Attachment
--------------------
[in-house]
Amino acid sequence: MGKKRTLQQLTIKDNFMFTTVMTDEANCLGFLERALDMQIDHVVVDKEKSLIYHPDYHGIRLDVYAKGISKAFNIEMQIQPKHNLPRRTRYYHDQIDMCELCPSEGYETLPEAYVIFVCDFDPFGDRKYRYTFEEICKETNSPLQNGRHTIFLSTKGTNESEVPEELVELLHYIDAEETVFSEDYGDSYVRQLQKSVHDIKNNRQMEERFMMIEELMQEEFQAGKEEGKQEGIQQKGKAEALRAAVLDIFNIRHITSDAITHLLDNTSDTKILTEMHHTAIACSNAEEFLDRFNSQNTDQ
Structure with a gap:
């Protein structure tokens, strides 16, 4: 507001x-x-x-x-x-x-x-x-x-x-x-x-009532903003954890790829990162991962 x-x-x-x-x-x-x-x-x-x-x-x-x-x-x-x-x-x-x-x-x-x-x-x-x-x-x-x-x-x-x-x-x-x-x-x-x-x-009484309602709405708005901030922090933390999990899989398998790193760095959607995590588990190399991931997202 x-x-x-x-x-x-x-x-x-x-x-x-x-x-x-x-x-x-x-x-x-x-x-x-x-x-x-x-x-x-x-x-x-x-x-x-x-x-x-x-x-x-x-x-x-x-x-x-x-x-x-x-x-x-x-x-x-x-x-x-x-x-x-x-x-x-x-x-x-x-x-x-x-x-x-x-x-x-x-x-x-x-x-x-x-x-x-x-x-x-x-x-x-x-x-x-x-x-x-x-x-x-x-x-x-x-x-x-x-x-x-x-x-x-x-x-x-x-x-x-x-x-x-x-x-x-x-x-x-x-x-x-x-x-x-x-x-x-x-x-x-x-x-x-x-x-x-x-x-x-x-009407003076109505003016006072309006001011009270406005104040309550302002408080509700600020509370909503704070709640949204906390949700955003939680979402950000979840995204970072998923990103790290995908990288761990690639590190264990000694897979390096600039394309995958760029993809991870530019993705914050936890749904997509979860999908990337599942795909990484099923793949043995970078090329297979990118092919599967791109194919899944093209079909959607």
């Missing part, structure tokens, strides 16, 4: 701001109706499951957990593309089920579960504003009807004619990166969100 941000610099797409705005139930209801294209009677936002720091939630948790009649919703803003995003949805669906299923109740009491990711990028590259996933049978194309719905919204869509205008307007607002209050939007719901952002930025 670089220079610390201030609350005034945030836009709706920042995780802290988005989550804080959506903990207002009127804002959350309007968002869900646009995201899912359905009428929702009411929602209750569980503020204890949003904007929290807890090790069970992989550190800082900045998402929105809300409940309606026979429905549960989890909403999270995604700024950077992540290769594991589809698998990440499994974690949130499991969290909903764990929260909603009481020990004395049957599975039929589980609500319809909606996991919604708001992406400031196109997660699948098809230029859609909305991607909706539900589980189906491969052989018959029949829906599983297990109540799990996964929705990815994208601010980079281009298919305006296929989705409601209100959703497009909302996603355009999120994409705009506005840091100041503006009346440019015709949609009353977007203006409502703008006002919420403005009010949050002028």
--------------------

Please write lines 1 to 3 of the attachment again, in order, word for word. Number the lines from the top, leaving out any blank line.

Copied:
[in-house]
Amino acid sequence: MGKKRTLQQLTIKDNFMFTTVMTDEANCLGFLERALDMQIDHVVVDKEKSLIYHPDYHGIRLDVYAKGISKAFNIEMQIQPKHNLPRRTRYYHDQIDMCELCPSEGYETLPEAYVIFVCDFDPFGDRKYRYTFEEICKETNSPLQNGRHTIFLSTKGTNESEVPEELVELLHYIDAEETVFSEDYGDSYVRQLQKSVHDIKNNRQMEERFMMIEELMQEEFQAGKEEGKQEGIQQKGKAEALRAAVLDIFNIRHITSDAITHLLDNTSDTKILTEMHHTAIACSNAEEFLDRFNSQNTDQ
Structure with a gap: